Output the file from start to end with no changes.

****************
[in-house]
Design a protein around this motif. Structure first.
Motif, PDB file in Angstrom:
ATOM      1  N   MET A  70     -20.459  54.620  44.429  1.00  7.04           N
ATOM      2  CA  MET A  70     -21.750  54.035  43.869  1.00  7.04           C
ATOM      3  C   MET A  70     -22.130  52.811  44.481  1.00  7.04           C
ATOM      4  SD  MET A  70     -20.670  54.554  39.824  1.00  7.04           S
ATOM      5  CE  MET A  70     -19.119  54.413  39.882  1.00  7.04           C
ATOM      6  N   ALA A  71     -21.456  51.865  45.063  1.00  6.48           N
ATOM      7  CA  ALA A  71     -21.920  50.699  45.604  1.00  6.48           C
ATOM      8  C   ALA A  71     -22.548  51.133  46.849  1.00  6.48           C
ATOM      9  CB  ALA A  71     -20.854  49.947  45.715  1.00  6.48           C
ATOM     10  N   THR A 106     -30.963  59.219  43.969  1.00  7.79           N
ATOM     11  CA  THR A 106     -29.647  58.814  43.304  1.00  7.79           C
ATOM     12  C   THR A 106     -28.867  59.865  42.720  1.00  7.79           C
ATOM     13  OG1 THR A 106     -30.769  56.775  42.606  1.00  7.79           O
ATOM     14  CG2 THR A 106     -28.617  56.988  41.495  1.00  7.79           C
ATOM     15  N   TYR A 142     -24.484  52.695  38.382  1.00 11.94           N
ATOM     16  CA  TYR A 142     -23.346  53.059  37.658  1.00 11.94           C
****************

[in-house]
Design a protein around this motif. Structure first.
Motif, PDB file in Angstrom:
ATOM      1  N   MET A  70     -20.459  54.620  44.429  1.00  7.04           N
ATOM      2  CA  MET A  70     -21.750  54.035  43.869  1.00  7.04           C
ATOM      3  C   MET A  70     -22.130  52.811  44.481  1.00  7.04           C
ATOM      4  SD  MET A  70     -20.670  54.554  39.824  1.00  7.04           S
ATOM      5  CE  MET A  70     -19.119  54.413  39.882  1.00  7.04           C
ATOM      6  N   ALA A  71     -21.456  51.865  45.063  1.00  6.48           N
ATOM      7  CA  ALA A  71     -21.920  50.699  45.604  1.00  6.48           C
ATOM      8  C   ALA A  71     -22.548  51.133  46.849  1.00  6.48           C
ATOM      9  CB  ALA A  71     -20.854  49.947  45.715  1.00  6.48           C
ATOM     10  N   THR A 106     -30.963  59.219  43.969  1.00  7.79           N
ATOM     11  CA  THR A 106     -29.647  58.814  43.304  1.00  7.79           C
ATOM     12  C   THR A 106     -28.867  59.865  42.720  1.00  7.79           C
ATOM     13  OG1 THR A 106     -30.769  56.775  42.606  1.00  7.79           O
ATOM     14  CG2 THR A 106     -28.617  56.988  41.495  1.00  7.79           C
ATOM     15  N   TYR A 142     -24.484  52.695  38.382  1.00 11.94           N
ATOM     16  CA  TYR A 142     -23.346  53.059  37.658  1.00 11.94           C